I want you to meet my favourite painter! He died in 1967, the year I was born. He was off my radar too, until a TV producer friend of mine dragged me to the Edward Hopper exhibition in London at the Hayward Gallery in 1981. I was 14, developing a casual interest in painting and drawing to the extent that people would shove paintbrushes in my hand or position canvases in my path.
Horribly distracted by hormones, I sleepwalked through my audience with the Great Master and acquired a few postcards and a ‘so what?’ attitude on the way out. How I…want to slap my younger self.
Picture by Charles Ritchie
Within a few years I tuned into the quiet magic of Hopper and my fascination with his realist style led me to study him for my Art A-Level (un-slapped.) I tried to paint in his style, aping Hockney’s early photo-realistic paintings but all the while aiming for the monumental stillness of Hopper’s human subjects, which were often dwarfed by the faded grandeur of his architecture.
It could have been his rugged, windswept landscapes or the stark and beautiful light of New England but I was spellbound by some undefined, elusive quality. There is a sense of desolation, a profound loneliness to much of his work. It makes me think that for all our sound and fury, there is an emptiness to our existence. Hopper didn’t discriminate between an extravagant Painted Lady or the bold functionality of a light house. He saw beauty in geometry, and he loved the way sunlight paints those shapes, completing them.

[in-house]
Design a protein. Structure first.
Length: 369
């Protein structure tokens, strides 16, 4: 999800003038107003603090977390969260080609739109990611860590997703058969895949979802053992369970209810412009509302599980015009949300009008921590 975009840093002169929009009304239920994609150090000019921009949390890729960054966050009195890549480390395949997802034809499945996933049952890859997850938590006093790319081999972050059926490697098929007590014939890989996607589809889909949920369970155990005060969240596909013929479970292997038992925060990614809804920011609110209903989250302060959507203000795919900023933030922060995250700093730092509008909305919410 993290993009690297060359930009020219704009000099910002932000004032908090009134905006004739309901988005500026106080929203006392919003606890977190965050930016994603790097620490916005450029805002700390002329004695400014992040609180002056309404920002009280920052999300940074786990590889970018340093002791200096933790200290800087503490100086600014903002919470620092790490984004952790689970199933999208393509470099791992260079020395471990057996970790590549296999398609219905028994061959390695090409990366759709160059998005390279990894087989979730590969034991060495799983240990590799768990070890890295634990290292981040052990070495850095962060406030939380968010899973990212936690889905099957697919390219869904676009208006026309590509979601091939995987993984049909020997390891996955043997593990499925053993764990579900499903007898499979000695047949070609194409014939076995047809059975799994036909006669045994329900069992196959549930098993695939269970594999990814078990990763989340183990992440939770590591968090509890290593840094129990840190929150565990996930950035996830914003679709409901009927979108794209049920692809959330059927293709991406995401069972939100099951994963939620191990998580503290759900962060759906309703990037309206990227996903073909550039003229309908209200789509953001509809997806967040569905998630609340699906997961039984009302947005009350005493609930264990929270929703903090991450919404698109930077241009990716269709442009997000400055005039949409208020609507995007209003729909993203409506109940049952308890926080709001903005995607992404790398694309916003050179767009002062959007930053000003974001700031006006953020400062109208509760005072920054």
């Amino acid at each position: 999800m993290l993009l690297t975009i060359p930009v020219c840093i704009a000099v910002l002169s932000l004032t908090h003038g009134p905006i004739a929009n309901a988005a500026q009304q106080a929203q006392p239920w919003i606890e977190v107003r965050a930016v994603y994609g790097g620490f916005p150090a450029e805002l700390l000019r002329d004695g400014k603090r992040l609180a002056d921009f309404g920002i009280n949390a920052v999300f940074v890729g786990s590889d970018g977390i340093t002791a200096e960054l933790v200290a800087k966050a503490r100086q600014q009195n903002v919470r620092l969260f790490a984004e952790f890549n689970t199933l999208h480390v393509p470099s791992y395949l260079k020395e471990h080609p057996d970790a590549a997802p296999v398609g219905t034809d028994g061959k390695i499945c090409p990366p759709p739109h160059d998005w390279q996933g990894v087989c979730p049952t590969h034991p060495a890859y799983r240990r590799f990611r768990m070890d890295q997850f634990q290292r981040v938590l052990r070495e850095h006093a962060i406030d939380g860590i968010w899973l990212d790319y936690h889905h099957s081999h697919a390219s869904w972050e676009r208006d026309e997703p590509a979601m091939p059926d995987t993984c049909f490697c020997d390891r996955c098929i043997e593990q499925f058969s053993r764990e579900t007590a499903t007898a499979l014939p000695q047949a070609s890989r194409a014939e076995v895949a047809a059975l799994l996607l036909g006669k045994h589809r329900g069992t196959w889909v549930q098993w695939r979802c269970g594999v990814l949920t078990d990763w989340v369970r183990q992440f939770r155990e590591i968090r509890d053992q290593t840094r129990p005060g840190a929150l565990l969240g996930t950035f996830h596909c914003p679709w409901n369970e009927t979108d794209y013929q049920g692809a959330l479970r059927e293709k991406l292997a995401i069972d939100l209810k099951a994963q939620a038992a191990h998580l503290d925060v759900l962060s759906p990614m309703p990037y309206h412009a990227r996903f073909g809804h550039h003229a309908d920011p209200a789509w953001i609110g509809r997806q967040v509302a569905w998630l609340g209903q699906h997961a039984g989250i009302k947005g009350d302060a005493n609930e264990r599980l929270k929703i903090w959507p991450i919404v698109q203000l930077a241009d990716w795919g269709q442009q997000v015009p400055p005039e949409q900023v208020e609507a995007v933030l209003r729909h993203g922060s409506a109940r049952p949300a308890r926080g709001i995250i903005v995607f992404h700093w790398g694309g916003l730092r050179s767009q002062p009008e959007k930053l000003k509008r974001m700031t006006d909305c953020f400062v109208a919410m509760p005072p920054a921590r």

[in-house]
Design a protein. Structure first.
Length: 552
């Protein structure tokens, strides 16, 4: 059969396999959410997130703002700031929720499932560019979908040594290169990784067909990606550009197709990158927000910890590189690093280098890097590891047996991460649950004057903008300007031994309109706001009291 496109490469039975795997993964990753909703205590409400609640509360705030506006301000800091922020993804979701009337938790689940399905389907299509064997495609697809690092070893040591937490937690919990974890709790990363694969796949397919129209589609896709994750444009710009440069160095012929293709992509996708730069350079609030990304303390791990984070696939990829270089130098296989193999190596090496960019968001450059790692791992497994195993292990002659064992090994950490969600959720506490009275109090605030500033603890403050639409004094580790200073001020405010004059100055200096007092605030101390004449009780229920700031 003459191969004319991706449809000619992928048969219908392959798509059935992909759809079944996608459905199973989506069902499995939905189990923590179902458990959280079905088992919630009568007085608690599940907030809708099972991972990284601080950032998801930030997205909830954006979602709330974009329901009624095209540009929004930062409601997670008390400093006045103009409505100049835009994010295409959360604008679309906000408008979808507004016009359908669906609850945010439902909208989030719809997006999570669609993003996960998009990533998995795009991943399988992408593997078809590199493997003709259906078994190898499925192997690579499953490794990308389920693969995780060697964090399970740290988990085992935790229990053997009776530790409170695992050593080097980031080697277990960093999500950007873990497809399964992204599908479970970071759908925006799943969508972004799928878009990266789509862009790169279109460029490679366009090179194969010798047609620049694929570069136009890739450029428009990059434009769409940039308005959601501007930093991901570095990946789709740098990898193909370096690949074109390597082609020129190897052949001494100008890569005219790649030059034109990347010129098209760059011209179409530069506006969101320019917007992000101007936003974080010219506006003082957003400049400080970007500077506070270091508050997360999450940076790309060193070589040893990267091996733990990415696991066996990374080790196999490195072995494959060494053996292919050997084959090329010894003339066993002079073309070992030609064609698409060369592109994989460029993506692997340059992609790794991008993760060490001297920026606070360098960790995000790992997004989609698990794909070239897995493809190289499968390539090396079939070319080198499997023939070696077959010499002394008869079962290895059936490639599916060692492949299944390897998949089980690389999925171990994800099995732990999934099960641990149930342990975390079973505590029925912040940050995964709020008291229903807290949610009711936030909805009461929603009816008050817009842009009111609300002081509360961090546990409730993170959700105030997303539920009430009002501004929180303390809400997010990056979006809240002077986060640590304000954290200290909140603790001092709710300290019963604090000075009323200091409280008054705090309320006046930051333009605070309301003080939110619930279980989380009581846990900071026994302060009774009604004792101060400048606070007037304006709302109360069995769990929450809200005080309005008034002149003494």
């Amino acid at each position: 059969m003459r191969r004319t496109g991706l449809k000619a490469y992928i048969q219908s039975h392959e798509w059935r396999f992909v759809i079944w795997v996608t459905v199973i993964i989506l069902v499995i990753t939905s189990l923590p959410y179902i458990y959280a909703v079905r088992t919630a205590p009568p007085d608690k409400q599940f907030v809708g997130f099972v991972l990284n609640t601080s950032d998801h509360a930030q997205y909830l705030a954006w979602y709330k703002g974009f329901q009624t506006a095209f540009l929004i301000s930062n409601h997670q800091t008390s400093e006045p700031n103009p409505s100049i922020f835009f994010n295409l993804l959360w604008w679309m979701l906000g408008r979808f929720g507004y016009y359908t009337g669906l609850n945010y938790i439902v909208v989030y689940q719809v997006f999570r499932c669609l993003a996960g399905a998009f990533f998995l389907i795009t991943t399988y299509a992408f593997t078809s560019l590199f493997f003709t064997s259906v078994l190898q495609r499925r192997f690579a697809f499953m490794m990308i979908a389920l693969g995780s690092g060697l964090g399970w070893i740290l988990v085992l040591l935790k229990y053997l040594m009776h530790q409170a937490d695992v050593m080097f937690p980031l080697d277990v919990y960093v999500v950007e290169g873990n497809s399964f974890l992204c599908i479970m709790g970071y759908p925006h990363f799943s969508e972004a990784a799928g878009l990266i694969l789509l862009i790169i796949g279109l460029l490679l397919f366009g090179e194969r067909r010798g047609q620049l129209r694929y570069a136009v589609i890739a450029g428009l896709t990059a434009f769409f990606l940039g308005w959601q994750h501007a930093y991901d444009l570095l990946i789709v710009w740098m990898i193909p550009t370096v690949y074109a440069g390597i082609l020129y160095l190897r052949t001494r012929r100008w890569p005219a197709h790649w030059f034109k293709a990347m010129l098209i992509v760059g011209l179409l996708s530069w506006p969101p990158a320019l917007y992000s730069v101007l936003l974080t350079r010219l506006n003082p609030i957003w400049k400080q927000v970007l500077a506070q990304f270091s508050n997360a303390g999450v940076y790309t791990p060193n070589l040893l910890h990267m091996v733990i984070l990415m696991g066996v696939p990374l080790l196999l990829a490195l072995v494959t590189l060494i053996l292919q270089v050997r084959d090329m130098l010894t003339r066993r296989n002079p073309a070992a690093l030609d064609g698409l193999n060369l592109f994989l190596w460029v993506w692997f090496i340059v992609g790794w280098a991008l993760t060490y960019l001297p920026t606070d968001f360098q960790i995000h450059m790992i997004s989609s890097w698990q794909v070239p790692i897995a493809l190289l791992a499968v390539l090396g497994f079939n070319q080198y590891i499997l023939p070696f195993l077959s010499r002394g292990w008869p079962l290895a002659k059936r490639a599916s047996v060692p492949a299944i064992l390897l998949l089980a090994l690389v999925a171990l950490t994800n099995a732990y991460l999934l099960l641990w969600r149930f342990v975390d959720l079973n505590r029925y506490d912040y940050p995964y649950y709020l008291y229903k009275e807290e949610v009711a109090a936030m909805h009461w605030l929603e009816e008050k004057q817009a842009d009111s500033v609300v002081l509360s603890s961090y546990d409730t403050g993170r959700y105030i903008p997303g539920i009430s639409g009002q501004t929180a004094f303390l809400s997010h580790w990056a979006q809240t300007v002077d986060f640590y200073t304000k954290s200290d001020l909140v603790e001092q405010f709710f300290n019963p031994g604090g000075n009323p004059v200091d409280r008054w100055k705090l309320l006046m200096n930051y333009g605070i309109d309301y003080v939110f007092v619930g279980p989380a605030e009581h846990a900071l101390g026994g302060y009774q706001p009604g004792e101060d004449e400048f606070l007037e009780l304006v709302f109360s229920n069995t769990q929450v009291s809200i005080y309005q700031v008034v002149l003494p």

His study of dereliction or vacancy is equal to his celebration of our grand achievements. The fanciful facade of a 19th Century theatre is rendered with the same wonder as a simple tenement window glowing at night. But it was the pause for breath backstage which preoccupied Hopper, the noises off. The people in his paintings are very much still-life: quiet, reflective characters captured in oils. If Film Noir had been a colour medium, it would have looked like a Hopper painting.
The great drama of Edward Hopper’s figurative work lies in the mystery of what happened before the moment captured – or what happened after. Although his execution of the human form comes second to his masterful landscapes, the enigma lies in their sense of ennui. Each one seems to be slightly uncomfortable, anticipating something.
Hopper found majesty in our surroundings, exploring the way we impose ourselves on the landscape. We build boxes and we put ourselves in them.